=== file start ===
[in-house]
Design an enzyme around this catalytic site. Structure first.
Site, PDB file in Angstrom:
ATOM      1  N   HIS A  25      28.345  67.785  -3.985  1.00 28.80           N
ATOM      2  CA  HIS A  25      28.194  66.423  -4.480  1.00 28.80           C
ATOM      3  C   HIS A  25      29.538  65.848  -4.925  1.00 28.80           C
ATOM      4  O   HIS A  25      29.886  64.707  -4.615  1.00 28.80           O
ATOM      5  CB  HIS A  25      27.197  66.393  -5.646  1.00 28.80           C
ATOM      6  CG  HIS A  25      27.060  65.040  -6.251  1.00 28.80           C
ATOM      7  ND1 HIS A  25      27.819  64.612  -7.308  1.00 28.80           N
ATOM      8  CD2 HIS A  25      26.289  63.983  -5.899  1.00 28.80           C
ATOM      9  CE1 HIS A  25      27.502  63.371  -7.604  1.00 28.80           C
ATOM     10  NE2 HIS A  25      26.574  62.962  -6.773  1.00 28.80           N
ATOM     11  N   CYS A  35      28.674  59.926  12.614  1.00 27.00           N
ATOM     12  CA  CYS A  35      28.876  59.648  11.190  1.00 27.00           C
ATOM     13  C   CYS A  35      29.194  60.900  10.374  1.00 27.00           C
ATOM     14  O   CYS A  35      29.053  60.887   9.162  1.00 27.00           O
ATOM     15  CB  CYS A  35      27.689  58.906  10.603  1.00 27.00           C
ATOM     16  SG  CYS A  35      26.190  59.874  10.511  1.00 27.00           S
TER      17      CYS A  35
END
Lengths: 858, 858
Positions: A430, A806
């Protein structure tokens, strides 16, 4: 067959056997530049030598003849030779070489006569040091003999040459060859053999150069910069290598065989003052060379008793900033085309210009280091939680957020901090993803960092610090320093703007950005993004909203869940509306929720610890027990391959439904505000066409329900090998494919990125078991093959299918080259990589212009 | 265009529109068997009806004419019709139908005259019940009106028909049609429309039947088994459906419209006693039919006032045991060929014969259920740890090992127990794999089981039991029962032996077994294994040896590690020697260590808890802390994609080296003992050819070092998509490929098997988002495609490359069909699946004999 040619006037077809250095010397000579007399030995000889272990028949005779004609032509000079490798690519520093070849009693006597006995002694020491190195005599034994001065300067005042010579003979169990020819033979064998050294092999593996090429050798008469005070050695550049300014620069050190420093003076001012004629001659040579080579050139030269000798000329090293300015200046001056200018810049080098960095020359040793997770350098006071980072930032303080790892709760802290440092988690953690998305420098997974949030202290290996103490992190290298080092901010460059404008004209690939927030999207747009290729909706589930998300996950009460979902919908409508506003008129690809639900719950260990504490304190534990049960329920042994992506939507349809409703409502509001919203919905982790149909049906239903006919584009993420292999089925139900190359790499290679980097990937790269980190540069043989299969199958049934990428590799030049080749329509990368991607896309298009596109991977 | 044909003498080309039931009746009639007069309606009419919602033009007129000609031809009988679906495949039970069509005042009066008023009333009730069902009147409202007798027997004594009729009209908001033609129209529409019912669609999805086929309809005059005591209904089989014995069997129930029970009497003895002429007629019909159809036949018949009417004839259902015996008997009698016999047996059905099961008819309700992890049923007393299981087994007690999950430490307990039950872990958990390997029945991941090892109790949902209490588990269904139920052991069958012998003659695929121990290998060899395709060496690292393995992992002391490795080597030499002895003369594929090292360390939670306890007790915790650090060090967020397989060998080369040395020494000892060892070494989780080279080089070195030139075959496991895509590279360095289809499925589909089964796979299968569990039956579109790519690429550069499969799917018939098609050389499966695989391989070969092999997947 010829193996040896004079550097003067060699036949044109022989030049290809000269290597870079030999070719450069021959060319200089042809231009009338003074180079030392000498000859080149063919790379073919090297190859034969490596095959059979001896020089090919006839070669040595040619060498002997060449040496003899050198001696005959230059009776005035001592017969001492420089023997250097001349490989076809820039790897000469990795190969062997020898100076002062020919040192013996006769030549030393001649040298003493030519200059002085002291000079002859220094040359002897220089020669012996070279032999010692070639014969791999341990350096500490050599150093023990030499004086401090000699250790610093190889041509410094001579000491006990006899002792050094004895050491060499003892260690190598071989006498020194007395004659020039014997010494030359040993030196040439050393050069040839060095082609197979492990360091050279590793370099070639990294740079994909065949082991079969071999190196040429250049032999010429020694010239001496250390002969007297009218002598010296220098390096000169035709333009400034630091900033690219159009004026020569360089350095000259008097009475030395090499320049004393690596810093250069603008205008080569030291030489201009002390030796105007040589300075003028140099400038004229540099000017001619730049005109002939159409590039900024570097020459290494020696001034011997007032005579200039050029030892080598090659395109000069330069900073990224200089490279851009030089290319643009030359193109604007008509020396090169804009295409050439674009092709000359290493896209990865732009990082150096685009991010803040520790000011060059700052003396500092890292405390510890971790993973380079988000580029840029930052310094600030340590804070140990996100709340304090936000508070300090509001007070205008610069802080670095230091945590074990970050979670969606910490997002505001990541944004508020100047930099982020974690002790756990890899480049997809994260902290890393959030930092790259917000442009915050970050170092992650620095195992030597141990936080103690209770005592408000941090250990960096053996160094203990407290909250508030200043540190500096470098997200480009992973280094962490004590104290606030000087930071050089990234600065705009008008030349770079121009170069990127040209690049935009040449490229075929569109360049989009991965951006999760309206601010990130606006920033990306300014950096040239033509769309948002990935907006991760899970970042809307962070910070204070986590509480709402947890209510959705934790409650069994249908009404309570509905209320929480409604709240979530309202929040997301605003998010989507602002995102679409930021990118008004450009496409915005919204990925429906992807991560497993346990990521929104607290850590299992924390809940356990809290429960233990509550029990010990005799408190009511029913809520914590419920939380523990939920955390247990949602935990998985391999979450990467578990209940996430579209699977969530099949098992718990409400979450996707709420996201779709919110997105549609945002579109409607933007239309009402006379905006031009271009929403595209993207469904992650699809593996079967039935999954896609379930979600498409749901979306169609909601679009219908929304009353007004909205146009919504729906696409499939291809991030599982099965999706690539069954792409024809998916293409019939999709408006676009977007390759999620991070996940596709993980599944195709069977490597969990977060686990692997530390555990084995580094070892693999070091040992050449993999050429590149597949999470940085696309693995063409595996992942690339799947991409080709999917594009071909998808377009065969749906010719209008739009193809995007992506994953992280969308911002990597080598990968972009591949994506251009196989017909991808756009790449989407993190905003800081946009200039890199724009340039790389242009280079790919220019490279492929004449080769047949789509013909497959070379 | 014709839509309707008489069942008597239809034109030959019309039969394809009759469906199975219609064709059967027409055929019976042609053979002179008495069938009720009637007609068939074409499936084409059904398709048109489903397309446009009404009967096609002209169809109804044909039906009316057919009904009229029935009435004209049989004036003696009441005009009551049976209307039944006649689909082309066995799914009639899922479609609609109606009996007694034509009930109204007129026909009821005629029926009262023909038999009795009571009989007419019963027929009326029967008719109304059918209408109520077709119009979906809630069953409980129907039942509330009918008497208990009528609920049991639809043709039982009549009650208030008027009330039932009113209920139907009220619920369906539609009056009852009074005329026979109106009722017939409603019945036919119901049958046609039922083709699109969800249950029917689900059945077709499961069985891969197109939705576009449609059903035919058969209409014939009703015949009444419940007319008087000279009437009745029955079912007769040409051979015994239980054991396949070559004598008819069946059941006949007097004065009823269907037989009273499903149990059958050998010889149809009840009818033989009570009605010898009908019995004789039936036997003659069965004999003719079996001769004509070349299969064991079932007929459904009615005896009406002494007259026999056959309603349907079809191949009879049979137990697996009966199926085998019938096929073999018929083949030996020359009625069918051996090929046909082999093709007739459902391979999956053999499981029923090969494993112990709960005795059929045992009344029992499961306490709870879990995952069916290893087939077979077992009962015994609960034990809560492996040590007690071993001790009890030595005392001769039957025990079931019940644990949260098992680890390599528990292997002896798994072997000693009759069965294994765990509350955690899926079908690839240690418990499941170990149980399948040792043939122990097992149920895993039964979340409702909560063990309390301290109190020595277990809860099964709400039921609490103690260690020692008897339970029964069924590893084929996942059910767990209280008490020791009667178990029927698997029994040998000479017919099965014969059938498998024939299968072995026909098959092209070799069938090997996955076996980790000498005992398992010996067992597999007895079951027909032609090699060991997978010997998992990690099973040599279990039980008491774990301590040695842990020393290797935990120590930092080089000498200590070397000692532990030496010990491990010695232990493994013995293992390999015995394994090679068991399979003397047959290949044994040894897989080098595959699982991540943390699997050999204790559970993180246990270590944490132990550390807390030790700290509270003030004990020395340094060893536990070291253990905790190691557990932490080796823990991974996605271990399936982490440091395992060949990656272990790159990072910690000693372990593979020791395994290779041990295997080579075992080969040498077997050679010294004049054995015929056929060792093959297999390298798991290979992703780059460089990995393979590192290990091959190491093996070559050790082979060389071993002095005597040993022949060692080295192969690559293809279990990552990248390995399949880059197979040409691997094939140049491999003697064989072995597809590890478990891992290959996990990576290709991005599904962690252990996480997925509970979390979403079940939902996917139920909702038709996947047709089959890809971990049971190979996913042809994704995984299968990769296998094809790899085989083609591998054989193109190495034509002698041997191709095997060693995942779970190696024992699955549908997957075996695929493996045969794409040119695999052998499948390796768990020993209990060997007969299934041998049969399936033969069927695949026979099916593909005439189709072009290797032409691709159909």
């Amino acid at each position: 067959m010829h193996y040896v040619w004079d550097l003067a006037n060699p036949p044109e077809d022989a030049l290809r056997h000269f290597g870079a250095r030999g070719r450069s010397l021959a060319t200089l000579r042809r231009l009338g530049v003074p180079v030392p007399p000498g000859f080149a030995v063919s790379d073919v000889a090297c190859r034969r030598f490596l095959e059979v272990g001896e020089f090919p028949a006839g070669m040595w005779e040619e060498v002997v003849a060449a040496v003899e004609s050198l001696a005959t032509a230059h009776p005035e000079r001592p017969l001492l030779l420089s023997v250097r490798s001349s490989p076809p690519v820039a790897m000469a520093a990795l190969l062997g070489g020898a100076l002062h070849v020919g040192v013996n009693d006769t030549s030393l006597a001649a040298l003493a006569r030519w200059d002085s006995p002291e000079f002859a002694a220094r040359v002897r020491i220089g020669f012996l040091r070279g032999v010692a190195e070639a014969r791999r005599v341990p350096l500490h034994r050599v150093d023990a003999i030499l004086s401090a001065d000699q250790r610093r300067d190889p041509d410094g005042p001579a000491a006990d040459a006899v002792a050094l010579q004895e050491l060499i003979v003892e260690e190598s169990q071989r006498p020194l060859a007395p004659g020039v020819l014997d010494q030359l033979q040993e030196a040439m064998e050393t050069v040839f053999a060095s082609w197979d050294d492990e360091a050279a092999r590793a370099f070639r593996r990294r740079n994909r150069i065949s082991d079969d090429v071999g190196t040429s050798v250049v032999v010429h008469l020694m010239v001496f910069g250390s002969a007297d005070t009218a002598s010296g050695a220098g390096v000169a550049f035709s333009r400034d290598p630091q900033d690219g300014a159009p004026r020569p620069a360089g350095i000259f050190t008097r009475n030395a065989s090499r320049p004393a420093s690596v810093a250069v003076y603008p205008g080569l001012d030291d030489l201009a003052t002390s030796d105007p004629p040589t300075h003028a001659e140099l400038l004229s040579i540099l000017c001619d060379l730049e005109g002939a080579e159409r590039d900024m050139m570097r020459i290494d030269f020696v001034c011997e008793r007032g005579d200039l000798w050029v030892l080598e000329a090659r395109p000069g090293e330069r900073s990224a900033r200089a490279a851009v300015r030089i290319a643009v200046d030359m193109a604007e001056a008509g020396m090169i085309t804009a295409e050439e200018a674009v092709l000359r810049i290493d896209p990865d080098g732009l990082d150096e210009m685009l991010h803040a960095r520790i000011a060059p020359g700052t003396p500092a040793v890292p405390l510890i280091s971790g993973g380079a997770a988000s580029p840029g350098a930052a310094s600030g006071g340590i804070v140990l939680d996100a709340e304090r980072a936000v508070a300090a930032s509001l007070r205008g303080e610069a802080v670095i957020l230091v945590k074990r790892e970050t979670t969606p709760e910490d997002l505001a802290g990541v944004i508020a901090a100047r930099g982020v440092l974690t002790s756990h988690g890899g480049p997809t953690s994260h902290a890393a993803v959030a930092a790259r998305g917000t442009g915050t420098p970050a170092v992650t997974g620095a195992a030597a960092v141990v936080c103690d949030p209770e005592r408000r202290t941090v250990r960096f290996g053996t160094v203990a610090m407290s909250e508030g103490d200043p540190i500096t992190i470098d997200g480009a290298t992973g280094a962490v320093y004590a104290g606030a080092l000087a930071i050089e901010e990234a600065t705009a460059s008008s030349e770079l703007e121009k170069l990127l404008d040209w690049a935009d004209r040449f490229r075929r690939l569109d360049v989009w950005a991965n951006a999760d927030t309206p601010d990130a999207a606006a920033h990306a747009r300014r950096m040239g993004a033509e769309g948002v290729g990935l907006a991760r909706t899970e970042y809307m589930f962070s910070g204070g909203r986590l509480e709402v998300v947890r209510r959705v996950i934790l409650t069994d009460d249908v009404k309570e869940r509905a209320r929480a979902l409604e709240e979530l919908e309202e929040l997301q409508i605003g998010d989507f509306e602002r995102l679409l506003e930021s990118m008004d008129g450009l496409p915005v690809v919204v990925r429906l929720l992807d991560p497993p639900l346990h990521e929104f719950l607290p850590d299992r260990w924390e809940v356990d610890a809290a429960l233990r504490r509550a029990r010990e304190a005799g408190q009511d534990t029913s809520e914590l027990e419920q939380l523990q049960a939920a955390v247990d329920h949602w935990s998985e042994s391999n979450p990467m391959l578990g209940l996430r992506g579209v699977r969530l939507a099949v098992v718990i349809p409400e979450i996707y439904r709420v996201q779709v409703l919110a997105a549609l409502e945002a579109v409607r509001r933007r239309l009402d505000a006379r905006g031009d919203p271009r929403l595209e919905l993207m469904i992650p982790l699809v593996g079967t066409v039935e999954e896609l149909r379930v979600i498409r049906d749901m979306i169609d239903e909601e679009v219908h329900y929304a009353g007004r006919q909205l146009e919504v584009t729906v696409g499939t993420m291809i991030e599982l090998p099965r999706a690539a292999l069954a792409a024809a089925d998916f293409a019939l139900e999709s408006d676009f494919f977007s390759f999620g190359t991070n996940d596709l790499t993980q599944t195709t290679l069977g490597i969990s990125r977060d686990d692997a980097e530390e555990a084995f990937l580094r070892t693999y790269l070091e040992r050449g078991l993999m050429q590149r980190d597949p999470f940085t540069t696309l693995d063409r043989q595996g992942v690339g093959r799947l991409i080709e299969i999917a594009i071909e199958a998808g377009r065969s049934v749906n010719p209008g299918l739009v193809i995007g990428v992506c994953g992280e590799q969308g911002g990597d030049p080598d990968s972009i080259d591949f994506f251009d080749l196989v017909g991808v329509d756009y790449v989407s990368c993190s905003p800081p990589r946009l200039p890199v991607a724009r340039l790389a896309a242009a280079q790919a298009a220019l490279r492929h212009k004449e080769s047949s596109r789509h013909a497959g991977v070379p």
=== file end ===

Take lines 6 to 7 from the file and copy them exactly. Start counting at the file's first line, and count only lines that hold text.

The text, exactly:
ATOM      3  C   HIS A  25      29.538  65.848  -4.925  1.00 28.80           C
ATOM      4  O   HIS A  25      29.886  64.707  -4.615  1.00 28.80           O